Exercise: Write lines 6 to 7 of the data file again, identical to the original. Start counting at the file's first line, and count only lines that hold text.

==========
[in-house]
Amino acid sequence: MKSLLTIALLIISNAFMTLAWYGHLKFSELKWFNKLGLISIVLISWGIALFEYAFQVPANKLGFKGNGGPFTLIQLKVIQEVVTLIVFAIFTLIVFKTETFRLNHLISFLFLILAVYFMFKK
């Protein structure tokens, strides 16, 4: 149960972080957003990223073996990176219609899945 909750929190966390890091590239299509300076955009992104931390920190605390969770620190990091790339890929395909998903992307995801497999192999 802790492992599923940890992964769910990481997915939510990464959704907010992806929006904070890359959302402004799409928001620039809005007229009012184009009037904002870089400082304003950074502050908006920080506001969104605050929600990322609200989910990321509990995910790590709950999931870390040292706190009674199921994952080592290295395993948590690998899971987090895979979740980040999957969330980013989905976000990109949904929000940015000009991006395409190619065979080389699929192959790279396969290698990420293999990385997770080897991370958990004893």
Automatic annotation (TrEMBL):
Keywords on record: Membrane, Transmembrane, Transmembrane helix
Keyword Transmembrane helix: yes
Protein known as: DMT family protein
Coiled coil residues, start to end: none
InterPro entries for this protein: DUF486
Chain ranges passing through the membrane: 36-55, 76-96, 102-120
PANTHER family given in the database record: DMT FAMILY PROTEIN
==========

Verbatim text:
Keyword Transmembrane helix: yes
Protein known as: DMT family protein